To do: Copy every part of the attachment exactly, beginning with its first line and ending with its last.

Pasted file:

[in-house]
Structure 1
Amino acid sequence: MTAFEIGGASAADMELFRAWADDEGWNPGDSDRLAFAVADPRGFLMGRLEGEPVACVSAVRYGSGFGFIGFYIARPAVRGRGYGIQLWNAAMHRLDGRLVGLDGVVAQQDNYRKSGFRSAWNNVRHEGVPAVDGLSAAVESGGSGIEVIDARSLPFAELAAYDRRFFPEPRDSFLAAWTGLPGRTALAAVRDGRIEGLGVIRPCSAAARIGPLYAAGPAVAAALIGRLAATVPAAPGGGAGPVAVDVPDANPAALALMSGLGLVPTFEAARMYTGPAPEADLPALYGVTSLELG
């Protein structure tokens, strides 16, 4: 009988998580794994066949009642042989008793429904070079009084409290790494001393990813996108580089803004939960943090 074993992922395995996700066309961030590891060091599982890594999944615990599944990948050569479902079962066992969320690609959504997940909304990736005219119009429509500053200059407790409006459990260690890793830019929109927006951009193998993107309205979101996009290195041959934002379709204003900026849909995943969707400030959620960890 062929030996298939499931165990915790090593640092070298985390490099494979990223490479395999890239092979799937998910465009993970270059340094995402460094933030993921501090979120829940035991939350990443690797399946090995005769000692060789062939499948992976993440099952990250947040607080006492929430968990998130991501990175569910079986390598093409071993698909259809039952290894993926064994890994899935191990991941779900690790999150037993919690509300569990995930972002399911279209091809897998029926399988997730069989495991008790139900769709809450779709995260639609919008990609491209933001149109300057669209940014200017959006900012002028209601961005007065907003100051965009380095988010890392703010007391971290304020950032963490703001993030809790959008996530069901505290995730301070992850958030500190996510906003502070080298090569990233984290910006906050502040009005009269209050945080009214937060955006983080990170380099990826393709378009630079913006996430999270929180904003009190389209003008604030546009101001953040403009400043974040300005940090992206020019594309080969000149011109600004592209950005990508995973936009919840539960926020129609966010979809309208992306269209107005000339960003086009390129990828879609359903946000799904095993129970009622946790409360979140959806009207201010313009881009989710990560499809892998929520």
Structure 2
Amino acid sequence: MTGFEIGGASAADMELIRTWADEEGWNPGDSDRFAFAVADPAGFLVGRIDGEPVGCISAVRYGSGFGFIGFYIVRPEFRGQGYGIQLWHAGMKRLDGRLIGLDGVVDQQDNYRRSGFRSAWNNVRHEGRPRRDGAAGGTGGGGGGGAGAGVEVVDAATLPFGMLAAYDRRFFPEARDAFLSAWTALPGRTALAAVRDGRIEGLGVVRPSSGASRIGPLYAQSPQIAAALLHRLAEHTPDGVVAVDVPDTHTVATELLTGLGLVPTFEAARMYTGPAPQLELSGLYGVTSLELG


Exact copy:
[in-house]
Structure 1
Amino acid sequence: MTAFEIGGASAADMELFRAWADDEGWNPGDSDRLAFAVADPRGFLMGRLEGEPVACVSAVRYGSGFGFIGFYIARPAVRGRGYGIQLWNAAMHRLDGRLVGLDGVVAQQDNYRKSGFRSAWNNVRHEGVPAVDGLSAAVESGGSGIEVIDARSLPFAELAAYDRRFFPEPRDSFLAAWTGLPGRTALAAVRDGRIEGLGVIRPCSAAARIGPLYAAGPAVAAALIGRLAATVPAAPGGGAGPVAVDVPDANPAALALMSGLGLVPTFEAARMYTGPAPEADLPALYGVTSLELG
């Protein structure tokens, strides 16, 4: 009988998580794994066949009642042989008793429904070079009084409290790494001393990813996108580089803004939960943090 074993992922395995996700066309961030590891060091599982890594999944615990599944990948050569479902079962066992969320690609959504997940909304990736005219119009429509500053200059407790409006459990260690890793830019929109927006951009193998993107309205979101996009290195041959934002379709204003900026849909995943969707400030959620960890 062929030996298939499931165990915790090593640092070298985390490099494979990223490479395999890239092979799937998910465009993970270059340094995402460094933030993921501090979120829940035991939350990443690797399946090995005769000692060789062939499948992976993440099952990250947040607080006492929430968990998130991501990175569910079986390598093409071993698909259809039952290894993926064994890994899935191990991941779900690790999150037993919690509300569990995930972002399911279209091809897998029926399988997730069989495991008790139900769709809450779709995260639609919008990609491209933001149109300057669209940014200017959006900012002028209601961005007065907003100051965009380095988010890392703010007391971290304020950032963490703001993030809790959008996530069901505290995730301070992850958030500190996510906003502070080298090569990233984290910006906050502040009005009269209050945080009214937060955006983080990170380099990826393709378009630079913006996430999270929180904003009190389209003008604030546009101001953040403009400043974040300005940090992206020019594309080969000149011109600004592209950005990508995973936009919840539960926020129609966010979809309208992306269209107005000339960003086009390129990828879609359903946000799904095993129970009622946790409360979140959806009207201010313009881009989710990560499809892998929520």
Structure 2
Amino acid sequence: MTGFEIGGASAADMELIRTWADEEGWNPGDSDRFAFAVADPAGFLVGRIDGEPVGCISAVRYGSGFGFIGFYIVRPEFRGQGYGIQLWHAGMKRLDGRLIGLDGVVDQQDNYRRSGFRSAWNNVRHEGRPRRDGAAGGTGGGGGGGAGAGVEVVDAATLPFGMLAAYDRRFFPEARDAFLSAWTALPGRTALAAVRDGRIEGLGVVRPSSGASRIGPLYAQSPQIAAALLHRLAEHTPDGVVAVDVPDTHTVATELLTGLGLVPTFEAARMYTGPAPQLELSGLYGVTSLELG